"The Akan supreme being, Onyame, has many other names. Some of these names indicate Onyame’s most worthy attributes, such as Amosu (Giver of Rain), Amowia (Giver of the Sun), and Amaomee (Giver of Plenitude). Onyame is often thought to be female and associated with the Moon. Like other traditional West African religions, the Akan religion is polytheistic. While Onyame is considered supreme, there are many minor deities, the abosom, who exercise powers over believers but are in turn subordinate to Onyame. The abosom exercise their hold on the mind of the believer through asuman, charms, amulets, and other fetish objects associated with their powers. The Akan also have a second superdivinity, Onyankopon, who is a polar opposite to Onyame. He is male and associated with the Sun. Finally, there is a third, ultradivine element that binds itself with Onyame and Onyankopon into the one Absolute: Odomankoma, the infinite being. This Absolute has a trinitarian character: God as male, female, and relational principle; or, metaphorically speaking, Moon, Sun,and their bonding principle. Odomankoma is therefore the name Akan-language speakers use to describe the eternal entity who deserves the credit for the work of creation, including creating the concept of trinity—the idea of the union between Onyame and Onyankopon in the Odomankoma. Odomankoma is responsible for both natural and supernatural existence and is regularly praised during worship as the “Absolute Architect” (Borebore) of Nature."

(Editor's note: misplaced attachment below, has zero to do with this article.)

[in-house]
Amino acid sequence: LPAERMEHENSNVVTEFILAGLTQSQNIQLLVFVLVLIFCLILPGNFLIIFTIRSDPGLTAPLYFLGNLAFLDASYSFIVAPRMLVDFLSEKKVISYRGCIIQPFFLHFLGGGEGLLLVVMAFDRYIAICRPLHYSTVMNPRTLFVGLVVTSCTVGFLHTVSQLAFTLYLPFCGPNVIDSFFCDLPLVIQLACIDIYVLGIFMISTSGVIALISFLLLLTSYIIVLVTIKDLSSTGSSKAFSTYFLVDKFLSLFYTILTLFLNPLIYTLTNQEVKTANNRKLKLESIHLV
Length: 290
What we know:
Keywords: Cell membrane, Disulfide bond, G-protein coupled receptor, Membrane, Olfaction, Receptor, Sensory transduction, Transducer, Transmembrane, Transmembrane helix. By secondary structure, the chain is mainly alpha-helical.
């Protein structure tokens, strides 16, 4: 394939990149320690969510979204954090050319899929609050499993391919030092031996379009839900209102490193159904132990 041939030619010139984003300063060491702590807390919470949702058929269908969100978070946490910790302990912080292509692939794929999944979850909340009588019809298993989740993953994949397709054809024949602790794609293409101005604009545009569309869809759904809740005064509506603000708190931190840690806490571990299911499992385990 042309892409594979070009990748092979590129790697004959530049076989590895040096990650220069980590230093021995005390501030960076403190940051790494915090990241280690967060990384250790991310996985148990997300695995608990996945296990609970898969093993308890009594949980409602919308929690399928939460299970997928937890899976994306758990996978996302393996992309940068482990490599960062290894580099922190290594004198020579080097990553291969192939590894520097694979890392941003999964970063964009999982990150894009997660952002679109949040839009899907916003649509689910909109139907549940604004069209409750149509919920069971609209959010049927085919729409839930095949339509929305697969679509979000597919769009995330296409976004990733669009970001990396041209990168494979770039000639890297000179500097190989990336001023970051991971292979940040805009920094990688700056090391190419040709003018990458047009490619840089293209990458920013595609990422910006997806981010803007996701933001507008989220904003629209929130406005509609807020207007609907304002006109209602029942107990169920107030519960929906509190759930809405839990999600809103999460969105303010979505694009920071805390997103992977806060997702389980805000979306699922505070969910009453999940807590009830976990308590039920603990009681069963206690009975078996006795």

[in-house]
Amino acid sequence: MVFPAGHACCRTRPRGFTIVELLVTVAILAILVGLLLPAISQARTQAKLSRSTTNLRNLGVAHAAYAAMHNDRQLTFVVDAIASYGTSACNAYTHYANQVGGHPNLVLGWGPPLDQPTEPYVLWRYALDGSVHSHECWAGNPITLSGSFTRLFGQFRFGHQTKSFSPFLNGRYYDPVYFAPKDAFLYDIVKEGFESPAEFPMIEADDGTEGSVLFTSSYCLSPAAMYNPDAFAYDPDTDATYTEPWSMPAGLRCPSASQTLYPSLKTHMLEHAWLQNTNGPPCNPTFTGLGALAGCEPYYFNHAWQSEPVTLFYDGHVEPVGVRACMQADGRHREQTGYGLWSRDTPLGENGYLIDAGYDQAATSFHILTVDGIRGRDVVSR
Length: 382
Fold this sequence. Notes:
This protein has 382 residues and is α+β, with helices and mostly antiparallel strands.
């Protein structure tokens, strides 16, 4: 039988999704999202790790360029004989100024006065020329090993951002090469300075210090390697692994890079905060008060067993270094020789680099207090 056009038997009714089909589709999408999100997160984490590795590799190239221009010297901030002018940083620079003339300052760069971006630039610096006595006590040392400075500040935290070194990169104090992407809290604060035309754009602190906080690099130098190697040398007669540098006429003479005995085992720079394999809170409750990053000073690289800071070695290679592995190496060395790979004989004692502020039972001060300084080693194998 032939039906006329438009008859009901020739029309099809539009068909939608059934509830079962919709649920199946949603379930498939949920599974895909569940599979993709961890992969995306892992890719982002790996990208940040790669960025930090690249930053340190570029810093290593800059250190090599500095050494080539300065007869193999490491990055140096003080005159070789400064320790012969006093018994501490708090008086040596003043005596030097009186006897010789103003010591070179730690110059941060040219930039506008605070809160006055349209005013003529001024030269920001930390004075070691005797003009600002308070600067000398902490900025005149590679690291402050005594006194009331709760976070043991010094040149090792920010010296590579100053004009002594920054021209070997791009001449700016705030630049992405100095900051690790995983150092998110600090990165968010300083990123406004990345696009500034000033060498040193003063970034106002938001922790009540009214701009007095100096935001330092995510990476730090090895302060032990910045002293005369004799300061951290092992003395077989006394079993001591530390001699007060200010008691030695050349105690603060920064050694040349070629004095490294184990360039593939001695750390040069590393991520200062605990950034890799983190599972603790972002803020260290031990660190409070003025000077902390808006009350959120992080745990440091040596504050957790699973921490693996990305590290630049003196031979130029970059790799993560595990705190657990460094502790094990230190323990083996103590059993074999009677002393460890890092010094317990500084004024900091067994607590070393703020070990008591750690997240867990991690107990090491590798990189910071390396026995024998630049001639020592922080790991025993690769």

African religions do not have sacred texts, but have symbolic language and written symbols. Adrinkra is the writing system in the Akan religion. It consists of pictorial symbolism created by the Ashanti craftsmen of Ghana. The Adrinkra symbolizes the Akan way of life as one symbol can represent a proverb or aphorism. The writing gave insight intro philosophical though, cosmology, and worldview. This writing system is what is passed down to generations in order to preserve the cultural and spiritual values of the Akan people.